I am probably giving away my advanced age by choosing that line for a title. If I hadn’t yet, when I reveal it’s from the Disney movie, Mary Poppins, I most certainly shall. “Well begun is half done” is a very powerful idea, one than I, for one, could definitely give more consideration to BEFORE I begin a project. After all, poorly begun is often a ‘do over’. It most certainly was for my poor hardy kiwi vines, and the process nearly killed one of them.
I admit to being rather lazy the first year I planted my kiwi vines. I sort of just let them sprout any old way, with no rhyme or reason. After two years of growth, it became obvious that this was not only unsightly, but was going to make it very difficult to keep them pruned for proper production. I had most definitely not begun well.
Last fall, after the last leaf fell, I made the decision to cut the vines all the way back almost to the ground. It was hard to see two years growth disappear in one fell swoop, and know that it would be at least two more years before I got any fruit, but it had to be done. My naked trellis reproached me all winter.
The mature roots were eager to send up shoots in the spring, but a late frost nipped them badly. I found I had to check them every couple of days to remove all the sprouts but the one I’d chosen to be the lead stem. The leader climbed rapidly up the trellis only to have it’s end ruthlessly nipped away at the top to force it to create side shoots. During the height of the growing season, I had to go out for a few minutes every day to keep the vine twining in the direction I wanted it to go, as they have a tendency to grow straight up toward the light. I also pulled off all side shoots. These shoots would have been next year’s fruit, but I won’t allow that until the vine has covered the trellis.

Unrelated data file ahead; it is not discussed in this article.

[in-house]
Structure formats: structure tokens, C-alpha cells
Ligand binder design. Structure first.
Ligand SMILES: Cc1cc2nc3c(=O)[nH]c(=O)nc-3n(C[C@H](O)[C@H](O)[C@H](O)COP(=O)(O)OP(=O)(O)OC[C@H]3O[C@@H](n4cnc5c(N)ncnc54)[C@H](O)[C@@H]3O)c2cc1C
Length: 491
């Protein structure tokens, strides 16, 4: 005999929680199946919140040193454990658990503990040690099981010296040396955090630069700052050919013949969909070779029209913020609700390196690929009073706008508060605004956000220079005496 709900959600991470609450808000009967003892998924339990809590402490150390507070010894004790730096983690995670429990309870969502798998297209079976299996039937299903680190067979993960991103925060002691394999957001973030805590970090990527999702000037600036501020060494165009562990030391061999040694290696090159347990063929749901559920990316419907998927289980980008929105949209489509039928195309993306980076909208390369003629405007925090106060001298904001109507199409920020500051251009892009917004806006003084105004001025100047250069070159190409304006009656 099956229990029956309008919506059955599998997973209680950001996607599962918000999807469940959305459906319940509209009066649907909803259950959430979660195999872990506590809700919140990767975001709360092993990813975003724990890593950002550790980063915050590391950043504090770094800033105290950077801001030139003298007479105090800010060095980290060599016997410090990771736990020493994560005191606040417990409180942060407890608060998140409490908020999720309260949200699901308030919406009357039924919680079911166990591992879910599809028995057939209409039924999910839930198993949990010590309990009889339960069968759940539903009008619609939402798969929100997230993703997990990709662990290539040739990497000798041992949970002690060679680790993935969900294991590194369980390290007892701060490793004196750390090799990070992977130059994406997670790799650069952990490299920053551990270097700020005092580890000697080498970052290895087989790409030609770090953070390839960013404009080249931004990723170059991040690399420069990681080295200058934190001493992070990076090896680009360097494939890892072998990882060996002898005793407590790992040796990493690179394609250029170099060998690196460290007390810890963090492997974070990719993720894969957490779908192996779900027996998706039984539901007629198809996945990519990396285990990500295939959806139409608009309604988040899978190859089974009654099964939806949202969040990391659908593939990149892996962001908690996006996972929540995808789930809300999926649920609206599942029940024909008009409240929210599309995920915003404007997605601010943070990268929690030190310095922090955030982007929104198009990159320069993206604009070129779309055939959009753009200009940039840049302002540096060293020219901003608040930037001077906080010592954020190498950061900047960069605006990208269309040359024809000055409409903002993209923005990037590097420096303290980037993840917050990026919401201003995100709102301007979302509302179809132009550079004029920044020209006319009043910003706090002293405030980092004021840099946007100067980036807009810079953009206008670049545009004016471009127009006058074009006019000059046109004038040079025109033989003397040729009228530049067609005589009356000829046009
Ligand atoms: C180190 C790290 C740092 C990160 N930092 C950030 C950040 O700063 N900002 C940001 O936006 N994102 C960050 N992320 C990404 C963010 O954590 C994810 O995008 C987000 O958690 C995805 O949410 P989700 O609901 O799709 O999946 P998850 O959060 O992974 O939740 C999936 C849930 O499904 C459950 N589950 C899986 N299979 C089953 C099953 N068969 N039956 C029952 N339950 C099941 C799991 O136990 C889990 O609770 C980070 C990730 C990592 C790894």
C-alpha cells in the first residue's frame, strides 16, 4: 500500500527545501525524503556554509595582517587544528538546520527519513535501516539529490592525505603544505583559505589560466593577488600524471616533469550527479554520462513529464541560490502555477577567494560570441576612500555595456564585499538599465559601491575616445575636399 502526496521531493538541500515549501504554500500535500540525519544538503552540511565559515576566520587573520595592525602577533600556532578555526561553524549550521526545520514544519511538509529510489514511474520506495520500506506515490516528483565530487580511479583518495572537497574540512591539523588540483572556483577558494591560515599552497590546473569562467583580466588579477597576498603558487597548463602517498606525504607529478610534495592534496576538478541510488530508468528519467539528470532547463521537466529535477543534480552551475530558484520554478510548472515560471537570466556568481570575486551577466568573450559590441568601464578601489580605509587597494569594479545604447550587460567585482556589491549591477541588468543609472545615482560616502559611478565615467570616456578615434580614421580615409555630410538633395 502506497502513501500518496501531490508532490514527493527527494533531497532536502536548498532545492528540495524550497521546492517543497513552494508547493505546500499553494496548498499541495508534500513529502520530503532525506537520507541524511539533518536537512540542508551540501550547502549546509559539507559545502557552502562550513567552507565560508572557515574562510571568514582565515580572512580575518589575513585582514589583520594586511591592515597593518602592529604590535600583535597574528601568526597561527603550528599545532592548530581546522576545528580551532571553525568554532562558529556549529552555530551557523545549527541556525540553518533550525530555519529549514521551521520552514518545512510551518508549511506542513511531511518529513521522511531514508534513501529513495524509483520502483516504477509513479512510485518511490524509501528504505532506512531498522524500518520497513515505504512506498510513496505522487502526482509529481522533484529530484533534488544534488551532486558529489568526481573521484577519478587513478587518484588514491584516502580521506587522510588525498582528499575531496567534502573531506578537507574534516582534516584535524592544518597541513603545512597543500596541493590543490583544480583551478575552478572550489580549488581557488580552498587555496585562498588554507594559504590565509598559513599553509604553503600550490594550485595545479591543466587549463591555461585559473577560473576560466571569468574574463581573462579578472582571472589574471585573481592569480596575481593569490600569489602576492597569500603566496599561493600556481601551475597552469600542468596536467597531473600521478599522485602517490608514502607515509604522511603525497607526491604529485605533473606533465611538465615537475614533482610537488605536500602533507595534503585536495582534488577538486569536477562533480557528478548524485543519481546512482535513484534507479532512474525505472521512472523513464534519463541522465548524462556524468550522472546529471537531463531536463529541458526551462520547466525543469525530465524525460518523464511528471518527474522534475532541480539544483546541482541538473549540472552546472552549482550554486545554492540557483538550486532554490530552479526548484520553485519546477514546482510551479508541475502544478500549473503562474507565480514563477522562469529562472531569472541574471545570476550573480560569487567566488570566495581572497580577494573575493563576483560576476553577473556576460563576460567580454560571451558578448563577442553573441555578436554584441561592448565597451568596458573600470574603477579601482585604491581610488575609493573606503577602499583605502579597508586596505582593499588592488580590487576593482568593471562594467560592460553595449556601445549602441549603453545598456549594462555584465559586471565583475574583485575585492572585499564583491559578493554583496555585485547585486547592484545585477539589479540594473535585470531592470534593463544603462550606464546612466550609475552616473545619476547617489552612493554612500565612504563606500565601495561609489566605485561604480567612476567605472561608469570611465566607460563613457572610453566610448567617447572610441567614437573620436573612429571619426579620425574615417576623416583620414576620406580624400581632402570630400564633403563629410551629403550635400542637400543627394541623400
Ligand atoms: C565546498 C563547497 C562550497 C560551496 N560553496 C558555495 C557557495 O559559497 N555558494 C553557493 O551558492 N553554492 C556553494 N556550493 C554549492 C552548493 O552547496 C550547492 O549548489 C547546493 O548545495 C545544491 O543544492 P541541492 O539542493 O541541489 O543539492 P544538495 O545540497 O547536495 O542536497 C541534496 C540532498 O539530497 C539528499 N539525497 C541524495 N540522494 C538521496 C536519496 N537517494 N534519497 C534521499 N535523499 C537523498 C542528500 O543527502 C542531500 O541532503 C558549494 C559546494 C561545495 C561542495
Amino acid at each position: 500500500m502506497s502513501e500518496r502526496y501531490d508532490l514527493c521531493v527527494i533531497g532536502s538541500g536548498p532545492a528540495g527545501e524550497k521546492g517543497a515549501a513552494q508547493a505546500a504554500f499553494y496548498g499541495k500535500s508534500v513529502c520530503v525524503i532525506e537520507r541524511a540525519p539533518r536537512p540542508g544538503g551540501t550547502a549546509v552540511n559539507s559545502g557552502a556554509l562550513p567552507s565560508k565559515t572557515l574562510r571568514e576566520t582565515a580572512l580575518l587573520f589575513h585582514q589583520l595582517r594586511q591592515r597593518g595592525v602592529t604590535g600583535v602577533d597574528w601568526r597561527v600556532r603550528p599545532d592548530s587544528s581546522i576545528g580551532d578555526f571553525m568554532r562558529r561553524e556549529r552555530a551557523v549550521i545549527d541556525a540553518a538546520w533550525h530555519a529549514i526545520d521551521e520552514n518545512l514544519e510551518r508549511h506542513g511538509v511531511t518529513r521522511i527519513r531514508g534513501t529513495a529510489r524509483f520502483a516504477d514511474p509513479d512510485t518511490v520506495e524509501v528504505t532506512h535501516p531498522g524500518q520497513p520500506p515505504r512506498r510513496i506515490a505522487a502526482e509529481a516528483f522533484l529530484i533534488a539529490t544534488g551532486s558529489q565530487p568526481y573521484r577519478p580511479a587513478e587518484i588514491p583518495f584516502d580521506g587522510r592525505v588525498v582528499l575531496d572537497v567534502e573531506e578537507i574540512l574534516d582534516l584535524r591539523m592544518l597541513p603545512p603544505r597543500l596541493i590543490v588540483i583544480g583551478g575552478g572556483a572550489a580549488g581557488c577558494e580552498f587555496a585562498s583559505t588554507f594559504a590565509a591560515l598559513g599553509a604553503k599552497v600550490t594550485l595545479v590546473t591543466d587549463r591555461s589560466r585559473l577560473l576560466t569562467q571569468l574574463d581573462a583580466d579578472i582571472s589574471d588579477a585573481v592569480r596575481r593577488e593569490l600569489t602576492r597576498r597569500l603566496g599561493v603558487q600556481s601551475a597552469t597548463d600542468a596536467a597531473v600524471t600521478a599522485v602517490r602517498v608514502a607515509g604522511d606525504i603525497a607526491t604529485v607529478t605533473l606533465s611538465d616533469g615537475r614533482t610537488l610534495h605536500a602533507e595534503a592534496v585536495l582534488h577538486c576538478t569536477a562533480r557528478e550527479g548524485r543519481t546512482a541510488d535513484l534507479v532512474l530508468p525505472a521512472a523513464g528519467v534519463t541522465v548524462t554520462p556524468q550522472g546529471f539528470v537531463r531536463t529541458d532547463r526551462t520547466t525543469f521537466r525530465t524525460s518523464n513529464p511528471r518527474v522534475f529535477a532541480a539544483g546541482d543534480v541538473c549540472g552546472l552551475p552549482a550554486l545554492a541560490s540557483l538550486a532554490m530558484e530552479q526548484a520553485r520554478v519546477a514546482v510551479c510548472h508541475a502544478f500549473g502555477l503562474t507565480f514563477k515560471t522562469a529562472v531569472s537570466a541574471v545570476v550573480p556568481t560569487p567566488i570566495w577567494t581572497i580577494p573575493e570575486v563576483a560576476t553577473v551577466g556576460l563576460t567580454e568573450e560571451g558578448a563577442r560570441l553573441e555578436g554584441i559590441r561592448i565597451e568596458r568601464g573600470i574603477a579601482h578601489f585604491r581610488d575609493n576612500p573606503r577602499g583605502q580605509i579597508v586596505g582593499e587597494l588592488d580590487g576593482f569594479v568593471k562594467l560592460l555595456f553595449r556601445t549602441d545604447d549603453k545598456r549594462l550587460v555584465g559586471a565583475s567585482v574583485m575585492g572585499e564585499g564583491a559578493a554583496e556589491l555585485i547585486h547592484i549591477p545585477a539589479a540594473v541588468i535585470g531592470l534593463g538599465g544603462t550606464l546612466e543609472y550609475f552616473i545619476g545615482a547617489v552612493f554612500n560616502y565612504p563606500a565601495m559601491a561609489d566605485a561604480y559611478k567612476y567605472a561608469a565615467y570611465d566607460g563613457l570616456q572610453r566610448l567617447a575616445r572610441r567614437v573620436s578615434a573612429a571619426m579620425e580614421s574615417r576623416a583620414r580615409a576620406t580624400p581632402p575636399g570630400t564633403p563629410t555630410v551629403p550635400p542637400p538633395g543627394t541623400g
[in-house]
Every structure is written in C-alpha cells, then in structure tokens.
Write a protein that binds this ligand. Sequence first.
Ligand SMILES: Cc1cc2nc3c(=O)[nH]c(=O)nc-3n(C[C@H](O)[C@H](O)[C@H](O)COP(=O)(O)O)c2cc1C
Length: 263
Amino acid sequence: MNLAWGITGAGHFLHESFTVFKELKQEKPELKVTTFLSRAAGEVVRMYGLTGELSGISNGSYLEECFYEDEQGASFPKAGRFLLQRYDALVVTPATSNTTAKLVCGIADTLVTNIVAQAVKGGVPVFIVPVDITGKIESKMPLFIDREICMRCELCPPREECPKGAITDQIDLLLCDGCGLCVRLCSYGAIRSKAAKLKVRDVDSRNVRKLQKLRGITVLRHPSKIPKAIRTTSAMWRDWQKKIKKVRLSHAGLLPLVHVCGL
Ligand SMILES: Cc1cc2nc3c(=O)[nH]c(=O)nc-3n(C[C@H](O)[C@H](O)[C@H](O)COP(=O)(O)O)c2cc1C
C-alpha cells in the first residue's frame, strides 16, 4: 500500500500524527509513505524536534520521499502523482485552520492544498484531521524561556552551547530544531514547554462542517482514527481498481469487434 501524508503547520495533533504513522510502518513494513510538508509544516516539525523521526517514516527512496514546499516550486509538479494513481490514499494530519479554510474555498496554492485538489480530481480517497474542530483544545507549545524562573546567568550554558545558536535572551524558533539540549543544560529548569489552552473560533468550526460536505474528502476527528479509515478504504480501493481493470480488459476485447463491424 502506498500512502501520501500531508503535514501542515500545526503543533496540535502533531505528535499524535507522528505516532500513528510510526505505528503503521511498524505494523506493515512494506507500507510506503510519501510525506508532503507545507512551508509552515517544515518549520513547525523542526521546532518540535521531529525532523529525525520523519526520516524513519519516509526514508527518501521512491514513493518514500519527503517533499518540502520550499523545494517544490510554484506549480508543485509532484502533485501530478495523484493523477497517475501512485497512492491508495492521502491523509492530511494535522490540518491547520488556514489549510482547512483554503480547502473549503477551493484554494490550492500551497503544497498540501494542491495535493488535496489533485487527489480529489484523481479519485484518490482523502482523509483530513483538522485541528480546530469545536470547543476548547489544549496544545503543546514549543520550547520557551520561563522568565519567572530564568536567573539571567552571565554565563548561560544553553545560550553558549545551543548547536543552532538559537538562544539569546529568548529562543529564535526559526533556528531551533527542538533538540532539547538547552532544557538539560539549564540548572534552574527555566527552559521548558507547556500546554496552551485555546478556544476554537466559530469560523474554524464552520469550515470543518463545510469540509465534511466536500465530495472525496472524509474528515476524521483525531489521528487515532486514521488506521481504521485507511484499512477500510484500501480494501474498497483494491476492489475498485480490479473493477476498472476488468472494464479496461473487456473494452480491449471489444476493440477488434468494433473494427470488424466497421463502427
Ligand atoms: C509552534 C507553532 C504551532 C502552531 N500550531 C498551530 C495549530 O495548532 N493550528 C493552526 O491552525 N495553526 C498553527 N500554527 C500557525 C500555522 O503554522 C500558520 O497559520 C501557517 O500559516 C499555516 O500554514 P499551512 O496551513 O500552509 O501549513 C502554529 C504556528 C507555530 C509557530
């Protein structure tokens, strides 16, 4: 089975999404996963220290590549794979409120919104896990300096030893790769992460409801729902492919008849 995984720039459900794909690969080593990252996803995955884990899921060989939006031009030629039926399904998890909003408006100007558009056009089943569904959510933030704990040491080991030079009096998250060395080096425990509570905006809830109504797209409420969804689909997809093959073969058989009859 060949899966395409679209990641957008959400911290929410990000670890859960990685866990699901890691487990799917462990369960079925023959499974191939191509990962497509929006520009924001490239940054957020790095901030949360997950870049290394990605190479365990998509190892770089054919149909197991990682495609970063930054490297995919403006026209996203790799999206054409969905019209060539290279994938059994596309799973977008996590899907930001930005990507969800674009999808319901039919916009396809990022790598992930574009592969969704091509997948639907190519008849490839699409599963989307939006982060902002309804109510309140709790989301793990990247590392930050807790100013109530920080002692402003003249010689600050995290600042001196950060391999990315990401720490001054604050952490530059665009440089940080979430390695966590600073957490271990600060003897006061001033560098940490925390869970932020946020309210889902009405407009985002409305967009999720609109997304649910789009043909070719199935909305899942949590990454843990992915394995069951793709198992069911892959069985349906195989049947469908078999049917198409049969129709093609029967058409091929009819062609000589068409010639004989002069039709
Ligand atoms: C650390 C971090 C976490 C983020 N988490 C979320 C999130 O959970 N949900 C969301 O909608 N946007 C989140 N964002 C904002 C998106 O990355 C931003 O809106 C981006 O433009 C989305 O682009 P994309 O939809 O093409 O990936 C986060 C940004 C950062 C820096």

The plant closest to the house had a very rough time. It was the one most out of shape and most determined to produce multiple shoots. It also gets the most shade. To make matters worse, something kept eating the growing end off the shoot and stripping the leaves. I never saw what was eating it. In desperation, I finally cut the weak, sickly thing all the way back and pulled all the mulch away from it so the critters couldn’t hide in it. It took a long time to produce that last shoot, but it finally rallied and sprang toward the light with determination. It reached the top of the fence and sent out one short side shoot.
I now have a good beginning, but my work is not done. I’ll have to do the same thing next year, and since I won’t allow the male to bloom until it’s in the shape I want, even if the far plant does bloom, there will be no fruit. I am truly at the beginning.